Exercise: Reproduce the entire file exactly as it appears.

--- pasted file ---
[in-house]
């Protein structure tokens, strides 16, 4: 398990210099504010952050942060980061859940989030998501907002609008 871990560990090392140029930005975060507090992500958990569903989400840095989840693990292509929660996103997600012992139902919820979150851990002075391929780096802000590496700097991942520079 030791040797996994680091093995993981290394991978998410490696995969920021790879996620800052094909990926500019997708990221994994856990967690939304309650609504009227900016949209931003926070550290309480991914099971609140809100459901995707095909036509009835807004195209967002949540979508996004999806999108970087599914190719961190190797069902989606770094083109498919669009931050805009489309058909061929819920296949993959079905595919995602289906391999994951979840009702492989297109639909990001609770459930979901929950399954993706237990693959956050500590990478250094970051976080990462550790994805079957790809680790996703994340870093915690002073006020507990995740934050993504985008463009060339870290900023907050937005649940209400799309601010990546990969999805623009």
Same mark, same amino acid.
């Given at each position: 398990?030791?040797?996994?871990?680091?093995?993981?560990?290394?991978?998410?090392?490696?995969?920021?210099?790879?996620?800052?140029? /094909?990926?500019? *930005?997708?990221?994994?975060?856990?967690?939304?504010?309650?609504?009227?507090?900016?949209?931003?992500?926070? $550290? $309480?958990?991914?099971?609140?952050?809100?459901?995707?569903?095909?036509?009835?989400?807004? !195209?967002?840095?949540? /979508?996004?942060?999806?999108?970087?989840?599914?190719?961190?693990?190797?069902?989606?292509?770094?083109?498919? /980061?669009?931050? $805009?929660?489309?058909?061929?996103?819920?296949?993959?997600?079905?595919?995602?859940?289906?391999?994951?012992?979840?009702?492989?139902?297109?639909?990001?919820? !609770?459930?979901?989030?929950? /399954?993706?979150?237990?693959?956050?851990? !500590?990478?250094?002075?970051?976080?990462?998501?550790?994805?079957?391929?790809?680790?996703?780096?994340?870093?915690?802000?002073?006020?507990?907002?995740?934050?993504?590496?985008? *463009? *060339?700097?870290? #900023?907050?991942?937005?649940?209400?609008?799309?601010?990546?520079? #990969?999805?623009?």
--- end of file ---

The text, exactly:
[in-house]
């Protein structure tokens, strides 16, 4: 398990210099504010952050942060980061859940989030998501907002609008 871990560990090392140029930005975060507090992500958990569903989400840095989840693990292509929660996103997600012992139902919820979150851990002075391929780096802000590496700097991942520079 030791040797996994680091093995993981290394991978998410490696995969920021790879996620800052094909990926500019997708990221994994856990967690939304309650609504009227900016949209931003926070550290309480991914099971609140809100459901995707095909036509009835807004195209967002949540979508996004999806999108970087599914190719961190190797069902989606770094083109498919669009931050805009489309058909061929819920296949993959079905595919995602289906391999994951979840009702492989297109639909990001609770459930979901929950399954993706237990693959956050500590990478250094970051976080990462550790994805079957790809680790996703994340870093915690002073006020507990995740934050993504985008463009060339870290900023907050937005649940209400799309601010990546990969999805623009």
Same mark, same amino acid.
């Given at each position: 398990?030791?040797?996994?871990?680091?093995?993981?560990?290394?991978?998410?090392?490696?995969?920021?210099?790879?996620?800052?140029? /094909?990926?500019? *930005?997708?990221?994994?975060?856990?967690?939304?504010?309650?609504?009227?507090?900016?949209?931003?992500?926070? $550290? $309480?958990?991914?099971?609140?952050?809100?459901?995707?569903?095909?036509?009835?989400?807004? !195209?967002?840095?949540? /979508?996004?942060?999806?999108?970087?989840?599914?190719?961190?693990?190797?069902?989606?292509?770094?083109?498919? /980061?669009?931050? $805009?929660?489309?058909?061929?996103?819920?296949?993959?997600?079905?595919?995602?859940?289906?391999?994951?012992?979840?009702?492989?139902?297109?639909?990001?919820? !609770?459930?979901?989030?929950? /399954?993706?979150?237990?693959?956050?851990? !500590?990478?250094?002075?970051?976080?990462?998501?550790?994805?079957?391929?790809?680790?996703?780096?994340?870093?915690?802000?002073?006020?507990?907002?995740?934050?993504?590496?985008? *463009? *060339?700097?870290? #900023?907050?991942?937005?649940?209400?609008?799309?601010?990546?520079? #990969?999805?623009?």